4. 3  [transitive] to put or spread a layer of liquid, dust, etc. on somebody/something cover somebody/something in something The players were soon covered in mud. cover somebody/something with something The wind blew in from the desert and covered everything with sand.
  5. include
  6. 4  [transitive] cover something to include something; to deal with something The survey covers all aspects of the business. The lectures covered a lot of ground (= a lot of material, subjects, etc.). the sales team covering the northern part of the country (= selling to people in that area) Do the rules cover (= do they apply to) a case like this?
  7. money
  8. 5  [transitive] cover something to be or provide enough money for something $100 should cover your expenses. Your parents will have to cover your tuition fees. The show barely covered its costs.
  9. distance/area
  10. 6[transitive] cover something to travel the distance mentioned By sunset we had covered thirty miles. They walked for a long time and covered a good deal of ground.
  11. 7[transitive] cover something to spread over the area mentioned The reserve covers an area of some 1 140 square kilometres.
  12. report news
  13. 8[transitive] cover something to report on an event for television, a newspaper, etc.; to show an event on television She's covering the party's annual conference. The BBC will cover all the major games of the tournament. See related entries: The press, Producing TV shows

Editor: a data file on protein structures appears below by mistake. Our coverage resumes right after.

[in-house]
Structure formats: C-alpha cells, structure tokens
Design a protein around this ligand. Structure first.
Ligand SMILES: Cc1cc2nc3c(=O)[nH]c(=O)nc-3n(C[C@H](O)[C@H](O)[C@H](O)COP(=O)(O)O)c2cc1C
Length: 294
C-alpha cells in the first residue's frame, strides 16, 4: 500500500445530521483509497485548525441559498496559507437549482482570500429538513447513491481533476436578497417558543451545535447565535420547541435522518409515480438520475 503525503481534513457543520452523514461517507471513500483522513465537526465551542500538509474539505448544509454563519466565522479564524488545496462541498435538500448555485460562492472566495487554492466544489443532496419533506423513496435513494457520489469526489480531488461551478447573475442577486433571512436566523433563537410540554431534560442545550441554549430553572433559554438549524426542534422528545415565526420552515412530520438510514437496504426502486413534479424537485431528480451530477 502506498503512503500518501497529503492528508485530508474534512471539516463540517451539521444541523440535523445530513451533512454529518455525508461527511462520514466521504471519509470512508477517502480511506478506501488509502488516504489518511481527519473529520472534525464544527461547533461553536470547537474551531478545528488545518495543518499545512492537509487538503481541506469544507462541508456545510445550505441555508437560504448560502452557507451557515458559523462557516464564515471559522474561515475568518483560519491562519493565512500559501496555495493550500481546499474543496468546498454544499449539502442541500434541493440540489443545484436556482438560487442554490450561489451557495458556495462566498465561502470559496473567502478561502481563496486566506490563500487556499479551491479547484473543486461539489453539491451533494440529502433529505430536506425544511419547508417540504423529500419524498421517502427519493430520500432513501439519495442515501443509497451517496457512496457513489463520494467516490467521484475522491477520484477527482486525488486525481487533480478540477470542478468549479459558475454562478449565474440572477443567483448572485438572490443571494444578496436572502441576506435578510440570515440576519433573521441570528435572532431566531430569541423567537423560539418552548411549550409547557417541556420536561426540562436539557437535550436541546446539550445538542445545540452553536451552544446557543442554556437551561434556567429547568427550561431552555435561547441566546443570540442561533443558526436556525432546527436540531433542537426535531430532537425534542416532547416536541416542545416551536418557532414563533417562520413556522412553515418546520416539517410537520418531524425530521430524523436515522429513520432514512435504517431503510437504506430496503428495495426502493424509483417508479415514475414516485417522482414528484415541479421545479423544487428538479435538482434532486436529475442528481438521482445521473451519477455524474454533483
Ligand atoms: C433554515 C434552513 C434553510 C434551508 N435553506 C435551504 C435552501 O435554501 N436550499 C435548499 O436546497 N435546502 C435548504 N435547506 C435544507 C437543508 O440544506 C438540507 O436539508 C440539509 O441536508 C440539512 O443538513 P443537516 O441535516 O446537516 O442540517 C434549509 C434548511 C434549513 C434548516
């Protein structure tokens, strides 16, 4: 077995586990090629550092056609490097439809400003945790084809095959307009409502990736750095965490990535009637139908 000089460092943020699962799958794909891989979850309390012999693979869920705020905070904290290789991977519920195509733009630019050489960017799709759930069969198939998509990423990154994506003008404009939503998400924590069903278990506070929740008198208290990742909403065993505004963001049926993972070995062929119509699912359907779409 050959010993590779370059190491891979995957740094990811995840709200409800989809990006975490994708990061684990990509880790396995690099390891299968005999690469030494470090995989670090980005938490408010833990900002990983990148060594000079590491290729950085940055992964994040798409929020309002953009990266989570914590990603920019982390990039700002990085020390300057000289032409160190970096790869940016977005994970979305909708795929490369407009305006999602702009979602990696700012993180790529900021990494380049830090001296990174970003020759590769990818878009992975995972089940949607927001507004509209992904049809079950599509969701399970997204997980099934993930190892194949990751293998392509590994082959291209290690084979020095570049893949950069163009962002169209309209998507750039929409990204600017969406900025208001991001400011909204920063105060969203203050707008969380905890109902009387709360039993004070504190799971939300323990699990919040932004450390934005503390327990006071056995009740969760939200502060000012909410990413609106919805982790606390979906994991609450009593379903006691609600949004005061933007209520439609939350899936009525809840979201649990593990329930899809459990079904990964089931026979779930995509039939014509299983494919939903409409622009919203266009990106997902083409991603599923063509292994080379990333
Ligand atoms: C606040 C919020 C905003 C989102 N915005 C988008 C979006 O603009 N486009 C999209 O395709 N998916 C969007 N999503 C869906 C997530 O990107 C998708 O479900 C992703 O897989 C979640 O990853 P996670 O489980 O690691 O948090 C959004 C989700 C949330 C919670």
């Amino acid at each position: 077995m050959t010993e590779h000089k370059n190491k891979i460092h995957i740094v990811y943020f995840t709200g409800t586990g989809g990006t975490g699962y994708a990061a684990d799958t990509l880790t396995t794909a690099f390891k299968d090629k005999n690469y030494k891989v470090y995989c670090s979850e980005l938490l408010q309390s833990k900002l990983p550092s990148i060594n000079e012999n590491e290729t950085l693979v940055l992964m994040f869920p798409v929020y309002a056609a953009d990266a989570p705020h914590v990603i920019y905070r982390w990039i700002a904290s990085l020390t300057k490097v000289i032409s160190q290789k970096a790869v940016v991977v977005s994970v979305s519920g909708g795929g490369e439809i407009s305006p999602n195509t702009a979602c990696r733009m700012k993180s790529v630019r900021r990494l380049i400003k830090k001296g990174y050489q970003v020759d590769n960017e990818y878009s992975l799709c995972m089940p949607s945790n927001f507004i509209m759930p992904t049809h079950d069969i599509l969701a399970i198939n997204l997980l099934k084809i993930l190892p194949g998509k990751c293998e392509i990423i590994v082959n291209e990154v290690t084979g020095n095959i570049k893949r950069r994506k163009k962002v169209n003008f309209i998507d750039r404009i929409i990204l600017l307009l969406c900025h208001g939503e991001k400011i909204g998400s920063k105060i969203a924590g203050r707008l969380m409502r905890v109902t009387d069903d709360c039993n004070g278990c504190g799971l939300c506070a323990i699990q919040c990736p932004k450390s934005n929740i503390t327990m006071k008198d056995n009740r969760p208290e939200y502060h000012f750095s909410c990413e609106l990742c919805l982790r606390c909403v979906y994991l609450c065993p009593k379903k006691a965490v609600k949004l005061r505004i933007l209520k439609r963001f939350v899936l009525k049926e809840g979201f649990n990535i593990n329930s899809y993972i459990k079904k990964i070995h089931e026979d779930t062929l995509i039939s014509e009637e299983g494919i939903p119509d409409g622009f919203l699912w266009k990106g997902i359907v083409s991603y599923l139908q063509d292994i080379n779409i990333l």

14. for somebody
  15. 9[intransitive] cover for somebody to do somebody’s work or duties while they are away I'm covering for Jane while she's on leave.
  16. 10[intransitive] cover for somebody to invent a lie or an excuse that will stop somebody from getting into trouble I have to go out for a minute—will you cover for me if anyone asks where I am?
  17. with insurance
  18. 11[transitive] to protect somebody against loss, injury, etc. by insurance cover somebody/something (against/for something) Are you fully covered for fire and theft? cover somebody/something to do something Does this policy cover my husband to drive?
  19. against blame
  20. 12[transitive] cover yourself (against something) to take action in order to protect yourself against being blamed for something One reason doctors take temperatures is to cover themselves against negligence claims.
  21. with gun
  22. 13[transitive] cover somebody to protect somebody by threatening to shoot at anyone who tries to attack them Cover me while I move forward. The artillery gave us covering fire (= shot to protect us).